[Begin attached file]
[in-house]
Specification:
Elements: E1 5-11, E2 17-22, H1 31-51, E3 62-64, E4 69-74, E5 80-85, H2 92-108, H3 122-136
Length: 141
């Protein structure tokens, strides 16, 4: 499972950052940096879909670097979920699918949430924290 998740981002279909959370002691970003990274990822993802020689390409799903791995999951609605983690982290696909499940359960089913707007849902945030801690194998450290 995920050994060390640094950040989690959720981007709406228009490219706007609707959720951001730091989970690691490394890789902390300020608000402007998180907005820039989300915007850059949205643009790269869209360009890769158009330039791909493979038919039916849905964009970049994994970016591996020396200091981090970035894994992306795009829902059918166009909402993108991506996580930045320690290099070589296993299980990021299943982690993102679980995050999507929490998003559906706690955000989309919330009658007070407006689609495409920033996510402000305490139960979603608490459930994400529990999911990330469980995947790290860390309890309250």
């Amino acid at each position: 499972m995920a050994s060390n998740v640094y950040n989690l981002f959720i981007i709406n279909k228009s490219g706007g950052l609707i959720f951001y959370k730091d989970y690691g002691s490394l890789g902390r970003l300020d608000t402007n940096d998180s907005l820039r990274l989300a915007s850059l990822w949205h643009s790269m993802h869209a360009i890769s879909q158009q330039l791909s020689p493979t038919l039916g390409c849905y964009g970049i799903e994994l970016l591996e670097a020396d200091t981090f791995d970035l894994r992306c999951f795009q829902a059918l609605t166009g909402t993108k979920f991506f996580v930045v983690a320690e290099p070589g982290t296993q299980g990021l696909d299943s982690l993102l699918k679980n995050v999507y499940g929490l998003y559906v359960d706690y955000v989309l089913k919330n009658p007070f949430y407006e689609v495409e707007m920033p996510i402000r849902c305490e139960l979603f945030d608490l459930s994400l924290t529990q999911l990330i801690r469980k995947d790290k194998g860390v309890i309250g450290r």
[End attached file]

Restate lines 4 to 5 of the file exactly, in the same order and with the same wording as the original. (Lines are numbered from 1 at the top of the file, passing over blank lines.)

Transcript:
Length: 141
């Protein structure tokens, strides 16, 4: 499972950052940096879909670097979920699918949430924290 998740981002279909959370002691970003990274990822993802020689390409799903791995999951609605983690982290696909499940359960089913707007849902945030801690194998450290 995920050994060390640094950040989690959720981007709406228009490219706007609707959720951001730091989970690691490394890789902390300020608000402007998180907005820039989300915007850059949205643009790269869209360009890769158009330039791909493979038919039916849905964009970049994994970016591996020396200091981090970035894994992306795009829902059918166009909402993108991506996580930045320690290099070589296993299980990021299943982690993102679980995050999507929490998003559906706690955000989309919330009658007070407006689609495409920033996510402000305490139960979603608490459930994400529990999911990330469980995947790290860390309890309250």